Defcon 1: The Urgent Defense of Churchill’s Name and Legacy

Defcon 1: The Urgent Defense of Churchill’s Name and Legacy

Case for  the defense: “If we allow our mon­u­ments and stat­ues and place-names to be torn down because of our present-day views, and claims of peo­ple being offend­ed by our built envi­ron­ment that has been around for decades and some­times cen­turies, it speaks to a pathet­ic lack of con­fi­dence in our­selves as a nation. We are on the way to a soci­ety of com­pet­ing vic­tim­hoods, atom­ized and balka­nized into small­er and small­er com­mu­ni­ties, which iron­i­cal­ly enough is some­thing racists want too.” —Andrew Roberts

Defense of the good

The Hills­dale Col­lege Churchill Project has joined many oth­er groups and indi­vid­u­als in defense of the good. The good in this case is the name and lega­cy of Sir Win­ston Churchill.

Who would have thought, a few weeks ago, that any­one would sug­gest mov­ing his stat­ue from Par­lia­ment Square? Because it was defaced? Stat­ues of Lin­coln and Gand­hi also suf­fered. Even the stat­ue of Nel­son Man­dela is board­ed up—a defense in his case from neo-Nazi demon­stra­tors. What a world we live in.

Some advise we beat a retreat before these expres­sions of unlearned igno­rance. Let’s fence off Par­lia­ment Square, they say. Or move the stat­ues to muse­ums. NO.

Please read Andrew Roberts’ “Stop this Trash­ing of our Monuments—and our Past”. It is one of the finest pieces he has ever written:

Churchill’s atti­tude to the native peo­ples of the British Empire, for exam­ple, is a nuanced one that can­not be summed up by three words spray-paint­ed on his stat­ue. He undoubt­ed­ly make remarks and the occa­sion­al joke about non-white peo­ple that today we would find com­plete­ly unac­cept­able…. he also made equal­ly or more dis­parag­ing remarks about Euro­peans too. Unlike Karl Marx, Churchill nev­er used the N-word, which dyed-in-the-wool racists tend­ed to in those days…. through­out his life, Churchill fought to pro­tect the non-white peo­ples of the Empire.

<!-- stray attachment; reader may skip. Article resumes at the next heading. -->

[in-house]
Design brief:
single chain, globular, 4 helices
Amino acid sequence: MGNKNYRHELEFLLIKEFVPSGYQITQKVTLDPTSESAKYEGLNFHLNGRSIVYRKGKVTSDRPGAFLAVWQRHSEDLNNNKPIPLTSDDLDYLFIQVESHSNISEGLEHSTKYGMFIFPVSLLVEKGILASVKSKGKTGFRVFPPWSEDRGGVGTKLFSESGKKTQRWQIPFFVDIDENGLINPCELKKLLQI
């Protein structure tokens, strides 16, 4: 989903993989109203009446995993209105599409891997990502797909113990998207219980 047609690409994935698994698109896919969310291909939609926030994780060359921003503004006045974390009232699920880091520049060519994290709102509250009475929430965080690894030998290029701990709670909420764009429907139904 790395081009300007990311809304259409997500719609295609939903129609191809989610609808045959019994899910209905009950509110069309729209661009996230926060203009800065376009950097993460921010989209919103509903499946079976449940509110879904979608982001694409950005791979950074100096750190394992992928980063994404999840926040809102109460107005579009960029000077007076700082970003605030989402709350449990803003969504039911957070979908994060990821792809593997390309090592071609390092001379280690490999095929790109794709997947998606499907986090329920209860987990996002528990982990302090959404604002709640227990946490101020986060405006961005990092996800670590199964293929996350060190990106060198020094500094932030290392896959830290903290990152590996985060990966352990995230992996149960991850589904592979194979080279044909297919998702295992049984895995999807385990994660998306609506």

Churchill’s life matters

We have assist­ed oth­ers in defense of Churchill’s good name, respond­ing to igno­rant arti­cles full of fac­tu­al dis­tor­tions. One of these refut­ed a par­tic­u­lar­ly egre­gious arti­cle in the June 15th Sun­day Times. The Churchill Project has been in the fore­front of cor­rect­ing myths, dis­tor­tions and lies. For example:

Racist epithets:

Were they part of Churchill’s rou­tine vocab­u­lary? You read this every­where, some­times from respect­ed his­to­ri­ans. Is it true? We decid­ed to find out. Are there mul­ti­ple occur­rences of the worst pejo­ra­tives in Churchill’s words? No. In fact they are rare. Some of the worst are entire­ly absent—untraceable to Churchill.  The vast major­i­ty that do occur are not in his writ­ings or speech­es, but in mem­oirs or diaries by colleagues—which makes them hearsay. One col­league in par­tic­u­lar sprin­kled racist terms through­out his diary, and then ascribed them to Churchill. Click here for the link when published.

Not “a man of his time”

His defend­ers some­times excuse Churchill by say­ing he was “only a man of his time.” That is not good enough. From age 25, when he argued with a Boer cap­tor about native rights, to age 80, when he denied South Africa’s claim to Basu­toland, Bechua­na­land and Swazi­land, he was viewed as a naive pro­gres­sive by the forces of repres­sion. True, he was some­times pater­nal­is­tic. And, says Hillsdale’s Pres­i­dent Lar­ry Arnn, “you can quote Abra­ham Lin­coln in pre­cise­ly the same sense….